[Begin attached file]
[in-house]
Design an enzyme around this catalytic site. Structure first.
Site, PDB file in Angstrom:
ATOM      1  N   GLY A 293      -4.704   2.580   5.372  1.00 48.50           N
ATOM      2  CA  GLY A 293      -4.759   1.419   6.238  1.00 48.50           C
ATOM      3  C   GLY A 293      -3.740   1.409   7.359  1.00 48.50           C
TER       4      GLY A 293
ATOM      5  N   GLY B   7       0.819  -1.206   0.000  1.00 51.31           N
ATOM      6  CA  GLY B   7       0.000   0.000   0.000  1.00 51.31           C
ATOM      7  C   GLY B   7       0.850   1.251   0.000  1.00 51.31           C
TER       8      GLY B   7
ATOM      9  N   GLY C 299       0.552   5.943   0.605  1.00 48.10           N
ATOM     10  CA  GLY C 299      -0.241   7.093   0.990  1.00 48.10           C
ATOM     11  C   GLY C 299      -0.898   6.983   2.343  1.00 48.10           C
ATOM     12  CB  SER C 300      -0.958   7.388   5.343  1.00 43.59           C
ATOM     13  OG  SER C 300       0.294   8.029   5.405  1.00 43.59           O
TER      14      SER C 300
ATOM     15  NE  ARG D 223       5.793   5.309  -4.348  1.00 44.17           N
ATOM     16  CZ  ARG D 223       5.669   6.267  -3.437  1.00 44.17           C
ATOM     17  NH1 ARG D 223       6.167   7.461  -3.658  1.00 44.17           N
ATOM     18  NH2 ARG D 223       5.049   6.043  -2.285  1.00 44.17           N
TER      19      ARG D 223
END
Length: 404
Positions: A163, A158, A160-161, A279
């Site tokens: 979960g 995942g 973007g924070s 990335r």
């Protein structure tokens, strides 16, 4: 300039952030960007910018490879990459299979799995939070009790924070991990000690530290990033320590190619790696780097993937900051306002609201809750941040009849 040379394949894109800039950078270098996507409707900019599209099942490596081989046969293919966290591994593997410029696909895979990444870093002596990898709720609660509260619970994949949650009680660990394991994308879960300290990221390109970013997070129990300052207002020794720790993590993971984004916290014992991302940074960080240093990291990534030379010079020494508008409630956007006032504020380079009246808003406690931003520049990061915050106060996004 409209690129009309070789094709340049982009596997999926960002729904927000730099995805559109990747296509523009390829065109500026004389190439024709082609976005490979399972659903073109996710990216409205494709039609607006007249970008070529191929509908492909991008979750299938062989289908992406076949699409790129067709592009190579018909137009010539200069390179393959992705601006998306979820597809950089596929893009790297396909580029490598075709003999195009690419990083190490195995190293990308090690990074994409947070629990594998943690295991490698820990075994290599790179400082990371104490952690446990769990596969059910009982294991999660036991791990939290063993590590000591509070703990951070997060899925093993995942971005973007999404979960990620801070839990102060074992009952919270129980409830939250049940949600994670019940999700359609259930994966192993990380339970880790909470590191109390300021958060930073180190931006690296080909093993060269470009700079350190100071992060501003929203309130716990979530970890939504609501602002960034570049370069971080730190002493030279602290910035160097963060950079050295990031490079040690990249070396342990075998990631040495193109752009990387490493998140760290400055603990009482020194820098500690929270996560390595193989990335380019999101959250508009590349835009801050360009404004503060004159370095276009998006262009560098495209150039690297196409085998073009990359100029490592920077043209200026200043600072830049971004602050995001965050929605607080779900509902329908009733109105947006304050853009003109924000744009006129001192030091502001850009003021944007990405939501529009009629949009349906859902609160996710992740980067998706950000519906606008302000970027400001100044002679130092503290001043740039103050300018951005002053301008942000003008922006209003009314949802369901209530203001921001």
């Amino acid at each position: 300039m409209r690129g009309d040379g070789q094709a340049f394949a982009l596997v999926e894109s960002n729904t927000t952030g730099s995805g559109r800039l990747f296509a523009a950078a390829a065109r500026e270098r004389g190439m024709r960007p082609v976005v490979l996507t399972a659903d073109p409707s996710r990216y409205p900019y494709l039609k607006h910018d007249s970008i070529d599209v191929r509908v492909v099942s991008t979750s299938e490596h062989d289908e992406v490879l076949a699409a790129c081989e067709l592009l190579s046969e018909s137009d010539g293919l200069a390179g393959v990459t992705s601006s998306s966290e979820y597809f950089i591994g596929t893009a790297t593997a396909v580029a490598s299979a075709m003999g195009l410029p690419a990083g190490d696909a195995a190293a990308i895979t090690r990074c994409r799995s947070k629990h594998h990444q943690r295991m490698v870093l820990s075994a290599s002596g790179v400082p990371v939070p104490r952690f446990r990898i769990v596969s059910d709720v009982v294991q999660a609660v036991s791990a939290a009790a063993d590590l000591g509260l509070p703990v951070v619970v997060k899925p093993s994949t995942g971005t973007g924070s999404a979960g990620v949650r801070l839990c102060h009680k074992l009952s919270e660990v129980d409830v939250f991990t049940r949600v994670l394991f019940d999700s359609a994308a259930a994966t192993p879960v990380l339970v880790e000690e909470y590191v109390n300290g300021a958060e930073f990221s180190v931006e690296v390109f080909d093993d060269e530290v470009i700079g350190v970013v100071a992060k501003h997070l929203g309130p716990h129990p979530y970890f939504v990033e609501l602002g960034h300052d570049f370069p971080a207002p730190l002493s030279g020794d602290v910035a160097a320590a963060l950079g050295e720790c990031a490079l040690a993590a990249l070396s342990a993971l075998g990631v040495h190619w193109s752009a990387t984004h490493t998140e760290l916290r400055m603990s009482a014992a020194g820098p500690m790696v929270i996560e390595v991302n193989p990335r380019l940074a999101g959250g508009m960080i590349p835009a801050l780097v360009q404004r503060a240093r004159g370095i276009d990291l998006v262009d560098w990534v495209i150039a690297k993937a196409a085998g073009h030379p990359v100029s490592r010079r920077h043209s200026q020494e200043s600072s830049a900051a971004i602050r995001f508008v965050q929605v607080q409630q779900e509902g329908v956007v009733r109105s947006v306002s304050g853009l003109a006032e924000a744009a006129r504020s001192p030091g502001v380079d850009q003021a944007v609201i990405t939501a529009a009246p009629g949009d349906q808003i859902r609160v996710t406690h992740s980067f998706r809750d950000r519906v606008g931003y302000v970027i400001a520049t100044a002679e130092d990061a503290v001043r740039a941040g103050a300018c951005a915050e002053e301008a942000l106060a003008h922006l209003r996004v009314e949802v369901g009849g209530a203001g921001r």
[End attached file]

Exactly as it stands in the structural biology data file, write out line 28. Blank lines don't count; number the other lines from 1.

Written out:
């Amino acid at each position: 300039m409209r690129g009309d040379g070789q094709a340049f394949a982009l596997v999926e894109s960002n729904t927000t952030g730099s995805g559109r800039l990747f296509a523009a950078a390829a065109r500026e270098r004389g190439m024709r960007p082609v976005v490979l996507t399972a659903d073109p409707s996710r990216y409205p900019y494709l039609k607006h910018d007249s970008i070529d599209v191929r509908v492909v099942s991008t979750s299938e490596h062989d289908e992406v490879l076949a699409a790129c081989e067709l592009l190579s046969e018909s137009d010539g293919l200069a390179g393959v990459t992705s601006s998306s966290e979820y597809f950089i591994g596929t893009a790297t593997a396909v580029a490598s299979a075709m003999g195009l410029p690419a990083g190490d696909a195995a190293a990308i895979t090690r990074c994409r799995s947070k629990h594998h990444q943690r295991m490698v870093l820990s075994a290599s002596g790179v400082p990371v939070p104490r952690f446990r990898i769990v596969s059910d709720v009982v294991q999660a609660v036991s791990a939290a009790a063993d590590l000591g509260l509070p703990v951070v619970v997060k899925p093993s994949t995942g971005t973007g924070s999404a979960g990620v949650r801070l839990c102060h009680k074992l009952s919270e660990v129980d409830v939250f991990t049940r949600v994670l394991f019940d999700s359609a994308a259930a994966t192993p879960v990380l339970v880790e000690e909470y590191v109390n300290g300021a958060e930073f990221s180190v931006e690296v390109f080909d093993d060269e530290v470009i700079g350190v970013v100071a992060k501003h997070l929203g309130p716990h129990p979530y970890f939504v990033e609501l602002g960034h300052d570049f370069p971080a207002p730190l002493s030279g020794d602290v910035a160097a320590a963060l950079g050295e720790c990031a490079l040690a993590a990249l070396s342990a993971l075998g990631v040495h190619w193109s752009a990387t984004h490493t998140e760290l916290r400055m603990s009482a014992a020194g820098p500690m790696v929270i996560e390595v991302n193989p990335r380019l940074a999101g959250g508009m960080i590349p835009a801050l780097v360009q404004r503060a240093r004159g370095i276009d990291l998006v262009d560098w990534v495209i150039a690297k993937a196409a085998g073009h030379p990359v100029s490592r010079r920077h043209s200026q020494e200043s600072s830049a900051a971004i602050r995001f508008v965050q929605v607080q409630q779900e509902g329908v956007v009733r109105s947006v306002s304050g853009l003109a006032e924000a744009a006129r504020s001192p030091g502001v380079d850009q003021a944007v609201i990405t939501a529009a009246p009629g949009d349906q808003i859902r609160v996710t406690h992740s980067f998706r809750d950000r519906v606008g931003y302000v970027i400001a520049t100044a002679e130092d990061a503290v001043r740039a941040g103050a300018c951005a915050e002053e301008a942000l106060a003008h922006l209003r996004v009314e949802v369901g009849g209530a203001g921001r």